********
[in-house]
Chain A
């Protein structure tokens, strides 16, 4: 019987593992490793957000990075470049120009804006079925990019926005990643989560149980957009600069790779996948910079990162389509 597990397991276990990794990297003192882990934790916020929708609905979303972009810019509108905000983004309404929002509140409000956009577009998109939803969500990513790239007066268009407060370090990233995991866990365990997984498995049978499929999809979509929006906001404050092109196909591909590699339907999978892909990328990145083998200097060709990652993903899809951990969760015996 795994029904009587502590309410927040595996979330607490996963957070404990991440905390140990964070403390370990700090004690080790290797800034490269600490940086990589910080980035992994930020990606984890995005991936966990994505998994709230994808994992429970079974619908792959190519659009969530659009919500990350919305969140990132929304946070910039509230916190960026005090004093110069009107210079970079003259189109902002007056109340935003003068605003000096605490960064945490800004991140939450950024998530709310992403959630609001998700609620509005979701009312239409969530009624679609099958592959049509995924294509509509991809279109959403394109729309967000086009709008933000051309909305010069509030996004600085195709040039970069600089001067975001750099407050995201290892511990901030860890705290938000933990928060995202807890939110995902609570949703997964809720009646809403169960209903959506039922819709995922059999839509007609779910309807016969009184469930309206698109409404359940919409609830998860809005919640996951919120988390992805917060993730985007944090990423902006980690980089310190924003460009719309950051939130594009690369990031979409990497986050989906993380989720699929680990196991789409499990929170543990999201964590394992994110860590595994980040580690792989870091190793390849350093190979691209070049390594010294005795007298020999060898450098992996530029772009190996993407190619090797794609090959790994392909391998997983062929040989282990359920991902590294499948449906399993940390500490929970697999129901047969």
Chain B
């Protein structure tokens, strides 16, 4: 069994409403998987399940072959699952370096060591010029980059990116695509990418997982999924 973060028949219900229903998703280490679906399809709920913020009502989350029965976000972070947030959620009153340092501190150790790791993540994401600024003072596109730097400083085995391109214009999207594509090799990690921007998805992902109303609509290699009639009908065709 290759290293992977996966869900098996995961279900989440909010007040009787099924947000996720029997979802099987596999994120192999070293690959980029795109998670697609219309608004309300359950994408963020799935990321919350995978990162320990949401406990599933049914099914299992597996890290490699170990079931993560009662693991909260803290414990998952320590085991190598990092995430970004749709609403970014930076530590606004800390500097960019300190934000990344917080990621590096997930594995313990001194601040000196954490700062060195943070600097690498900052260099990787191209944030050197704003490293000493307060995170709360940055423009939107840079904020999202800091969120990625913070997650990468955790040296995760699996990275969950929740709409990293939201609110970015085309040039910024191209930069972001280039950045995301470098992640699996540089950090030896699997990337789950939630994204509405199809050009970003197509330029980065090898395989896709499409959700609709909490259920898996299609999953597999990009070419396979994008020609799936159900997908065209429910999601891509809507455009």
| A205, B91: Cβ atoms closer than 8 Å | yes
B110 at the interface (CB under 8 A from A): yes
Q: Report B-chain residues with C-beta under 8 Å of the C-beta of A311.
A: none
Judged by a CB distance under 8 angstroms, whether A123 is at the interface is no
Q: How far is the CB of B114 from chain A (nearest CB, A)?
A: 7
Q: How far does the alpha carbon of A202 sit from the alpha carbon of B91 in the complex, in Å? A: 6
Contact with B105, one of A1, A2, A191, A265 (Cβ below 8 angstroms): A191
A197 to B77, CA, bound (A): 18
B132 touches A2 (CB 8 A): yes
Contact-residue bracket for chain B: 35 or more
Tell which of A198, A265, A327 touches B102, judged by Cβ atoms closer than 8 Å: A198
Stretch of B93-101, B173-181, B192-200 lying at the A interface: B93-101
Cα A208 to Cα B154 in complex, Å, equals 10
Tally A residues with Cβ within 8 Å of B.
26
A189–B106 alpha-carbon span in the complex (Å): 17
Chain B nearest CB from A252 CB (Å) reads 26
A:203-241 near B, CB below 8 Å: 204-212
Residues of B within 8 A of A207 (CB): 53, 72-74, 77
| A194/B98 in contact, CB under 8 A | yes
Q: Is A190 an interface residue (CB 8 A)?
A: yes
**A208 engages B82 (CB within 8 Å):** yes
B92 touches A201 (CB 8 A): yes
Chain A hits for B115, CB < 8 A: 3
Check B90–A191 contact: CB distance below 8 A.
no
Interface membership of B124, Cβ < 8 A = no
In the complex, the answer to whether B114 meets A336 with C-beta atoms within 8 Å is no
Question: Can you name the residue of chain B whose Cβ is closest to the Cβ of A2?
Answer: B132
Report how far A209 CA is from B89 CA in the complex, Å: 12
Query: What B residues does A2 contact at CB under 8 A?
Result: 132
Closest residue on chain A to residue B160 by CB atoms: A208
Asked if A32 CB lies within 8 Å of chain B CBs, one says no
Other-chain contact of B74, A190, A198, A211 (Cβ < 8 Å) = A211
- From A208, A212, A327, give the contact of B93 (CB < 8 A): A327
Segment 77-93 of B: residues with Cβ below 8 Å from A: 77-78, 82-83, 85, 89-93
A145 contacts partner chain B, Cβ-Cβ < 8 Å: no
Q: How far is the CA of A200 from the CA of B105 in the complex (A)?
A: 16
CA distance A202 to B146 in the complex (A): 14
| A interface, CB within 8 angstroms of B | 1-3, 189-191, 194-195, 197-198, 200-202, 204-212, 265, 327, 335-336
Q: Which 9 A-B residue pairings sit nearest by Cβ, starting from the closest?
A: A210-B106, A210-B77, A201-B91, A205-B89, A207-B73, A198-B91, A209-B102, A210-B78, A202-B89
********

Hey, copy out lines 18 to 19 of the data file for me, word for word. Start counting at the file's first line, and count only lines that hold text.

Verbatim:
Tell which of A198, A265, A327 touches B102, judged by Cβ atoms closer than 8 Å: A198
Stretch of B93-101, B173-181, B192-200 lying at the A interface: B93-101